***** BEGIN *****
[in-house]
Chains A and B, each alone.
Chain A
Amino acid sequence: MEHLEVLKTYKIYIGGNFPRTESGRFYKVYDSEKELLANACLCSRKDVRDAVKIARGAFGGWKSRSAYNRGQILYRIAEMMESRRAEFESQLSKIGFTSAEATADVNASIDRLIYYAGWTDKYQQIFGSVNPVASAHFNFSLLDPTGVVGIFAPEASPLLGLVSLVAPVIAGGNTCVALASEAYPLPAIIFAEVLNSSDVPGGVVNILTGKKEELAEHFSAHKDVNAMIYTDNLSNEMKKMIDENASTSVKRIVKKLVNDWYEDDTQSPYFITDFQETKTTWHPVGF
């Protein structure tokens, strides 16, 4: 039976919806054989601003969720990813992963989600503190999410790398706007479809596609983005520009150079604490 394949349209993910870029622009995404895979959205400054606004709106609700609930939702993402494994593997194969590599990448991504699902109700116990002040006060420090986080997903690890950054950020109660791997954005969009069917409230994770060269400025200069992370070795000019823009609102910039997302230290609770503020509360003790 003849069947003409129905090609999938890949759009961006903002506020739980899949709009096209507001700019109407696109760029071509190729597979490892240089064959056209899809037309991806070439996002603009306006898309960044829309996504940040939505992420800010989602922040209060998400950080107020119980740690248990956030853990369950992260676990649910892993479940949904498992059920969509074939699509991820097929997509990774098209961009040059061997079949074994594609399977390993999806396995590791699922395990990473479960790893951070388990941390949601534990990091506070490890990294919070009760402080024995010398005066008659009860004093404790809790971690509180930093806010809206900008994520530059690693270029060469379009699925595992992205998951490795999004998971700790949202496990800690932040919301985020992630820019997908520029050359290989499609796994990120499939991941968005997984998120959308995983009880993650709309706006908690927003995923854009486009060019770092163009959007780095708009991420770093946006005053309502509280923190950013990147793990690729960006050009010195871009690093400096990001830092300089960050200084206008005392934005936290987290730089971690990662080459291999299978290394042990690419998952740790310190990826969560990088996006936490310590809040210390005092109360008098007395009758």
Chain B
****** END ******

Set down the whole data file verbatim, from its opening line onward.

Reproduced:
[in-house]
Chains A and B, each alone.
Chain A
Amino acid sequence: MEHLEVLKTYKIYIGGNFPRTESGRFYKVYDSEKELLANACLCSRKDVRDAVKIARGAFGGWKSRSAYNRGQILYRIAEMMESRRAEFESQLSKIGFTSAEATADVNASIDRLIYYAGWTDKYQQIFGSVNPVASAHFNFSLLDPTGVVGIFAPEASPLLGLVSLVAPVIAGGNTCVALASEAYPLPAIIFAEVLNSSDVPGGVVNILTGKKEELAEHFSAHKDVNAMIYTDNLSNEMKKMIDENASTSVKRIVKKLVNDWYEDDTQSPYFITDFQETKTTWHPVGF
């Protein structure tokens, strides 16, 4: 039976919806054989601003969720990813992963989600503190999410790398706007479809596609983005520009150079604490 394949349209993910870029622009995404895979959205400054606004709106609700609930939702993402494994593997194969590599990448991504699902109700116990002040006060420090986080997903690890950054950020109660791997954005969009069917409230994770060269400025200069992370070795000019823009609102910039997302230290609770503020509360003790 003849069947003409129905090609999938890949759009961006903002506020739980899949709009096209507001700019109407696109760029071509190729597979490892240089064959056209899809037309991806070439996002603009306006898309960044829309996504940040939505992420800010989602922040209060998400950080107020119980740690248990956030853990369950992260676990649910892993479940949904498992059920969509074939699509991820097929997509990774098209961009040059061997079949074994594609399977390993999806396995590791699922395990990473479960790893951070388990941390949601534990990091506070490890990294919070009760402080024995010398005066008659009860004093404790809790971690509180930093806010809206900008994520530059690693270029060469379009699925595992992205998951490795999004998971700790949202496990800690932040919301985020992630820019997908520029050359290989499609796994990120499939991941968005997984998120959308995983009880993650709309706006908690927003995923854009486009060019770092163009959007780095708009991420770093946006005053309502509280923190950013990147793990690729960006050009010195871009690093400096990001830092300089960050200084206008005392934005936290987290730089971690990662080459291999299978290394042990690419998952740790310190990826969560990088996006936490310590809040210390005092109360008098007395009758």
Chain B